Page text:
Stephen Curry, Golden State Warriors (Kurt, Dan, Sean): Offensively he is a force of nature and is the only player in the NBA in the top 10 in scoring (23.2 per game), assists (8 per game) and he is doing it efficiently — he is taking 16.4 shots a game, and has a ridiculous true shooting percentage of .636. However, the real reason he’s the best player on the best player on the best team is his improved defense. It’s not just the 2.1 steals per game it’s his ability to fight over picks, plus his improved help defense. This race is far from over — with Kevin Durant and LeBron James down this season the field is wide open — but Curry is making a strong case for the MVP. —KH

James Harden, Houston Rockets (Brett): Stephen Curry has been the best player on the league’s best team, and usually that’s enough to warrant MVP consideration. But James Harden has simply been otherworldly offensively, and much more valuable to his team’s overall success. Harden leads the league in scoring, has scored 40 or more points on four separate occasions, and led the Rockets to an 8-3 record while Dwight Howard was sidelined due to injury. Curry may be able to similarly carry his team, but the wealth of talent in Golden State means he hasn’t had to. Harden has, and he’s more than risen to that challenge. —BP


Andrew Wiggins, Minnesota Timberwolves (unanimous): This category has felt cursed with guys like Joel Embiid, Jabari Parker and Julius Randle out of the running due to injuries. But let’s not take away from the fact Andrew Wiggins has become a real shooter — he hit 39 percent from three in January — and is regularly notching 20 point games to go with his already solid defense and off the charts athleticism. This is not the most impressive rookie class so far, but Wiggins is starting to look like he could be special. He is developing quickly. —KH


Mike Budenholzer, Atlanta Hawks (unanimous): There is a reason the Spurs didn’t want to see Budenholzer leave, that they wanted him to take over for Popovich someday, and you’re seeing it in Atlanta. The culture of selfless basketball, the player movement and ball movement, getting guys to buy in is all very Spursian and Budenholzer has brought it to Atlanta. Oh, and he’s got this team defending as well. Steve Kerr might be second in this race, he’s done a good job, but nobody has exceeded expectations and changed the feel of a team like Budenholzer. —KH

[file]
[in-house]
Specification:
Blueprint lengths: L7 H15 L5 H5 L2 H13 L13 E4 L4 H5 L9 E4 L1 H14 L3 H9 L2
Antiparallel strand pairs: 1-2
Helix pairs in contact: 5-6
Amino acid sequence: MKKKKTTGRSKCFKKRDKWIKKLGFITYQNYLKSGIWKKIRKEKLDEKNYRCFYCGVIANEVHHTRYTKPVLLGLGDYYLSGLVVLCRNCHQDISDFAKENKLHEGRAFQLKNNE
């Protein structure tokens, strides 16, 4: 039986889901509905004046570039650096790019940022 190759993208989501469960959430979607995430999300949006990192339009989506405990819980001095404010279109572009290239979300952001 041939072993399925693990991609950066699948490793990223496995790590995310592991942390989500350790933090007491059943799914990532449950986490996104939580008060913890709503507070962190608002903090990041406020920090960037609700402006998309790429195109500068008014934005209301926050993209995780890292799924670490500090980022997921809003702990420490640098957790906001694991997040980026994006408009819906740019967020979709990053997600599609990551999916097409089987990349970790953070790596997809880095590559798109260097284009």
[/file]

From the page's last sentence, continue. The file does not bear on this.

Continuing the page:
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Lou Williams, Toronto Raptors (Brett): It often takes two seasons for someone to fully recover from knee surgery and Williams is the poster child for that, bouncing back this season for the Raptors to score 15 points a game in better than 24 minutes a night. His athleticism has returned and with that he is attacking and getting to the line 4.8 times a game. He’s the energy the Raptors needed off the bench and is putting up numbers that warrant him winning the award.

Marreese Speights, Golden State Warriors (Kurt, Sean): While he’s playing fewer minutes (just below 19 a game) than any of the other candidates for this rather wide open award, he’s having a huge impact. There are the raw numbers of 12.6 points and 5.1 rebounds a game, but Speights is putting up his numbers far more efficiently than his competition with a .568 true shooting percentage and a 21.2 PER. Speights is also the best defensive player of the candidates, and is a central part of the Warriors’ league-best defense. —KH